Finally, after taking some pictures (which I now feel compelled to do obsessively) and reheating my cold food, I sat down to eat. My husband came home to a pile of dirty pots and pans and a frazzled wife. Being the awesome man that he is, he washed all the dishes – even the burnt rice one – and didn’t complain a bit (well, not too much). I struggle with us appearing to have typical, traditional gender roles in our family as I don’t want my boys to think that cooking and cleaning is “women’s work.” We sort of fell into these roles – he as the breadwinner, me as the “work from home mom” because they made the most sense financially – not because we think it is the way things should be. I often joke that I’m a terrible housewife. I love spending time with my boys but I do not relish the domestic chores that come along with being at home. I am learning to love cooking again, though, and this blog is helping me to work through my “issues.”

The moral of this long and winding story is that we had food on the table, it was pretty good (gravy optional), pretty healthy, and we ate together as a family. Will I plan better next time? Yes, I will try. Will I attempt low fat gravy again? I don’t know. You tell me, is there a way? Oh, and also on the plate is a whole wheat biscuit that I had made the day before. (There will be more to come on that little experiment. Another mishap, perhaps?) I think family dinner time, especially when you have small children, will always be a bit chaotic and hardly ever perfect, but it is always memorable – even if the food is somewhat forgettable.


  1. The taking pictures thing really does become an obsession, doesn't it? I find myself taking pictures of everything now, even if I don't write about it.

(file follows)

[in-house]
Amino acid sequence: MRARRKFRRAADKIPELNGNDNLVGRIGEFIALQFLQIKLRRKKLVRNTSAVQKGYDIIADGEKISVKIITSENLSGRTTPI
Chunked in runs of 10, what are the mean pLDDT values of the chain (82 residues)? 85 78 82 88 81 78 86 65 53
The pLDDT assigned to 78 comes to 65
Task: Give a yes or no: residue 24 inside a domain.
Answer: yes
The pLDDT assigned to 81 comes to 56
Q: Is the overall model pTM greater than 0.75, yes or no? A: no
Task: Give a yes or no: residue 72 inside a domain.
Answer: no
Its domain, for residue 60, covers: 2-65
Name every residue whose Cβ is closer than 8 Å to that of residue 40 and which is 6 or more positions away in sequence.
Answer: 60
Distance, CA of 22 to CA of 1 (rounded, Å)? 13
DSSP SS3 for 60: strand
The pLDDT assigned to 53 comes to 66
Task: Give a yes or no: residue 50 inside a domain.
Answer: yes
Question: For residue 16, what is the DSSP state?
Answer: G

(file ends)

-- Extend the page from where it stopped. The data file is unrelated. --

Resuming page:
I wish I had an answer for the low-fat gravy conundrum, but without vast amounts of fat/butter and salt, I'm just not sure gravy is worth it.

    I'm anxious to hear more about those whole-wheat biscuits!

  2. Try chicken broth instead of boulion. No bitter taste and more flavor. Cream of anything soup whisked in with the pan drippings works too.

  3. I can relate to this in so many ways. Food photography does become an obsession, and while my poor boys are wailing for their lunch, I yell, "Ok, just one more minute" so I can try to get just the perfect shot. Ugh. I've been trying to limit food photography to the weekends when my husband is around to help w/ the boys.

    And you and I may have to fight for the "Terrible Housewife Award". I am awful at cleaning and doing chores. The only thing I'm good at is laundry. And I am soooo not a morning person, but my husband is. So he gets up at 6am to walk the dog, shower, make breakfast, change the boys, all before going to work. How spoiled do I sound? I really did marry Superman. :)

    But you're right. The fact we get to sit down w/ our families to enjoy a meal together - regardless of how great the food is (or isn't) - is a blessing we have to be thankful for each day.

    Btw, glad you enjoyed yourself at the Foodblog festival! Sounds like fun.